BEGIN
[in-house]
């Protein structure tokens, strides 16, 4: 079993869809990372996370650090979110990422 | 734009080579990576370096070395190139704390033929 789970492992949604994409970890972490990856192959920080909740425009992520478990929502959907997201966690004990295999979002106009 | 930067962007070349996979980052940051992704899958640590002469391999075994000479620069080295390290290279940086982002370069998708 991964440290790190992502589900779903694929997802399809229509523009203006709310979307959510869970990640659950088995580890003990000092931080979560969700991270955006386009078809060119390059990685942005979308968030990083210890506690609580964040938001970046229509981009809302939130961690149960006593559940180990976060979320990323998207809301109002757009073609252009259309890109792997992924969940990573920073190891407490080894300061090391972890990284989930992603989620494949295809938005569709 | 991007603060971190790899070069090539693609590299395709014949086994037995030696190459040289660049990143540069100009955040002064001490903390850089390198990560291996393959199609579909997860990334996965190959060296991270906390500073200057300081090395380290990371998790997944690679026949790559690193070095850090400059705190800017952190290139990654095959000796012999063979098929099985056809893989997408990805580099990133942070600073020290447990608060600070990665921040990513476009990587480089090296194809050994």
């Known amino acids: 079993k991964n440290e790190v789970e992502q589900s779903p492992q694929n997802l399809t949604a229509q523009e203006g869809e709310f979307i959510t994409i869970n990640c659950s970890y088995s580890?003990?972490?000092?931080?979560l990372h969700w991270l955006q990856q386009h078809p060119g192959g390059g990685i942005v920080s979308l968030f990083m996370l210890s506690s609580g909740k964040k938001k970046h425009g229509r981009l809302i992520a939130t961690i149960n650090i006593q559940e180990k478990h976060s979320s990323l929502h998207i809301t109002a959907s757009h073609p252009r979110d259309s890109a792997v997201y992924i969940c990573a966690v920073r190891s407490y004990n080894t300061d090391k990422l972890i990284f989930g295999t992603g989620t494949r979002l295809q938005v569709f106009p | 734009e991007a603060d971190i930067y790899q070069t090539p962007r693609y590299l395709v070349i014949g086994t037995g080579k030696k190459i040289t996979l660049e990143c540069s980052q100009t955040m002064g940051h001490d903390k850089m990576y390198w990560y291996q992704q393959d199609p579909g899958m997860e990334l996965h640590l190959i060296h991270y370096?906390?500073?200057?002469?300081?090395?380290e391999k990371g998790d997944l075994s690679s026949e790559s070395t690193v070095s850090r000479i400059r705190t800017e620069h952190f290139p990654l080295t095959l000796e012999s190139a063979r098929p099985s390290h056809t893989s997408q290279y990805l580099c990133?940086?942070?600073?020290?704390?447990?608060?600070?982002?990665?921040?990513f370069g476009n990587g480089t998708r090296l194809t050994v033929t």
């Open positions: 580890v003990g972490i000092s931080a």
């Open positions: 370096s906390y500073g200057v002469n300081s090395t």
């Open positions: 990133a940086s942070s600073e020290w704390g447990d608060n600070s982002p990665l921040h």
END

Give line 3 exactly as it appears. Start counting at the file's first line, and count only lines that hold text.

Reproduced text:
């Known amino acids: 079993k991964n440290e790190v789970e992502q589900s779903p492992q694929n997802l399809t949604a229509q523009e203006g869809e709310f979307i959510t994409i869970n990640c659950s970890y088995s580890?003990?972490?000092?931080?979560l990372h969700w991270l955006q990856q386009h078809p060119g192959g390059g990685i942005v920080s979308l968030f990083m996370l210890s506690s609580g909740k964040k938001k970046h425009g229509r981009l809302i992520a939130t961690i149960n650090i006593q559940e180990k478990h976060s979320s990323l929502h998207i809301t109002a959907s757009h073609p252009r979110d259309s890109a792997v997201y992924i969940c990573a966690v920073r190891s407490y004990n080894t300061d090391k990422l972890i990284f989930g295999t992603g989620t494949r979002l295809q938005v569709f106009p | 734009e991007a603060d971190i930067y790899q070069t090539p962007r693609y590299l395709v070349i014949g086994t037995g080579k030696k190459i040289t996979l660049e990143c540069s980052q100009t955040m002064g940051h001490d903390k850089m990576y390198w990560y291996q992704q393959d199609p579909g899958m997860e990334l996965h640590l190959i060296h991270y370096?906390?500073?200057?002469?300081?090395?380290e391999k990371g998790d997944l075994s690679s026949e790559s070395t690193v070095s850090r000479i400059r705190t800017e620069h952190f290139p990654l080295t095959l000796e012999s190139a063979r098929p099985s390290h056809t893989s997408q290279y990805l580099c990133?940086?942070?600073?020290?704390?447990?608060?600070?982002?990665?921040?990513f370069g476009n990587g480089t998708r090296l194809t050994v033929t």